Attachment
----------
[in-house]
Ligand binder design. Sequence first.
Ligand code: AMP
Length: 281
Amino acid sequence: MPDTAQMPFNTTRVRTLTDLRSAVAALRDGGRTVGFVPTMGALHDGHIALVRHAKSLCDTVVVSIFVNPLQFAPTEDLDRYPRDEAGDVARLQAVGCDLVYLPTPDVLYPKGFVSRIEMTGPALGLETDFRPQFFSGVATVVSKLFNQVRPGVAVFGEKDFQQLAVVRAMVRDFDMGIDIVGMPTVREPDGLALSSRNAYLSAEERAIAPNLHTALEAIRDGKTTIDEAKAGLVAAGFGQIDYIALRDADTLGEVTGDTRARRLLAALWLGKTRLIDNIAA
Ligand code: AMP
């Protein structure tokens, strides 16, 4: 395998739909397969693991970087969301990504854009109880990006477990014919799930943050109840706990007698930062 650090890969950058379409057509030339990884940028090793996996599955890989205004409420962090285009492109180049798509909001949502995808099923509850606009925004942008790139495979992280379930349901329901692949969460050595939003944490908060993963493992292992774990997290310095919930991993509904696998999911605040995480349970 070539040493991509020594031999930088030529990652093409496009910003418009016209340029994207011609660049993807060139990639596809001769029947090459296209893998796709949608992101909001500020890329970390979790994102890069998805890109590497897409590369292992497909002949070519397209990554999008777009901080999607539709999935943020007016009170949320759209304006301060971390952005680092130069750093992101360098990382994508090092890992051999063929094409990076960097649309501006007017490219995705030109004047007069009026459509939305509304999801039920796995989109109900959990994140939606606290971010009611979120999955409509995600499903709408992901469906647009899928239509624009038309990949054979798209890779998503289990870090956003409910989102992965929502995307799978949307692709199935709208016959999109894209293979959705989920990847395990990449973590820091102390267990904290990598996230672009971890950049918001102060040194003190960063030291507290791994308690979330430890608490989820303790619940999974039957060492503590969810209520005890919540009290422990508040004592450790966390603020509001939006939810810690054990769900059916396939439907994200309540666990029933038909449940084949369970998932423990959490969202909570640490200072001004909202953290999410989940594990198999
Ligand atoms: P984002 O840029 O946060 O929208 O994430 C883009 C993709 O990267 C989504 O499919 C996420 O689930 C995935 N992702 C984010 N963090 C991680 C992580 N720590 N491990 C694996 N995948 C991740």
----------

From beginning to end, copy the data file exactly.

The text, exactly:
[in-house]
Ligand binder design. Sequence first.
Ligand code: AMP
Length: 281
Amino acid sequence: MPDTAQMPFNTTRVRTLTDLRSAVAALRDGGRTVGFVPTMGALHDGHIALVRHAKSLCDTVVVSIFVNPLQFAPTEDLDRYPRDEAGDVARLQAVGCDLVYLPTPDVLYPKGFVSRIEMTGPALGLETDFRPQFFSGVATVVSKLFNQVRPGVAVFGEKDFQQLAVVRAMVRDFDMGIDIVGMPTVREPDGLALSSRNAYLSAEERAIAPNLHTALEAIRDGKTTIDEAKAGLVAAGFGQIDYIALRDADTLGEVTGDTRARRLLAALWLGKTRLIDNIAA
Ligand code: AMP
């Protein structure tokens, strides 16, 4: 395998739909397969693991970087969301990504854009109880990006477990014919799930943050109840706990007698930062 650090890969950058379409057509030339990884940028090793996996599955890989205004409420962090285009492109180049798509909001949502995808099923509850606009925004942008790139495979992280379930349901329901692949969460050595939003944490908060993963493992292992774990997290310095919930991993509904696998999911605040995480349970 070539040493991509020594031999930088030529990652093409496009910003418009016209340029994207011609660049993807060139990639596809001769029947090459296209893998796709949608992101909001500020890329970390979790994102890069998805890109590497897409590369292992497909002949070519397209990554999008777009901080999607539709999935943020007016009170949320759209304006301060971390952005680092130069750093992101360098990382994508090092890992051999063929094409990076960097649309501006007017490219995705030109004047007069009026459509939305509304999801039920796995989109109900959990994140939606606290971010009611979120999955409509995600499903709408992901469906647009899928239509624009038309990949054979798209890779998503289990870090956003409910989102992965929502995307799978949307692709199935709208016959999109894209293979959705989920990847395990990449973590820091102390267990904290990598996230672009971890950049918001102060040194003190960063030291507290791994308690979330430890608490989820303790619940999974039957060492503590969810209520005890919540009290422990508040004592450790966390603020509001939006939810810690054990769900059916396939439907994200309540666990029933038909449940084949369970998932423990959490969202909570640490200072001004909202953290999410989940594990198999
Ligand atoms: P984002 O840029 O946060 O929208 O994430 C883009 C993709 O990267 C989504 O499919 C996420 O689930 C995935 N992702 C984010 N963090 C991680 C992580 N720590 N491990 C694996 N995948 C991740």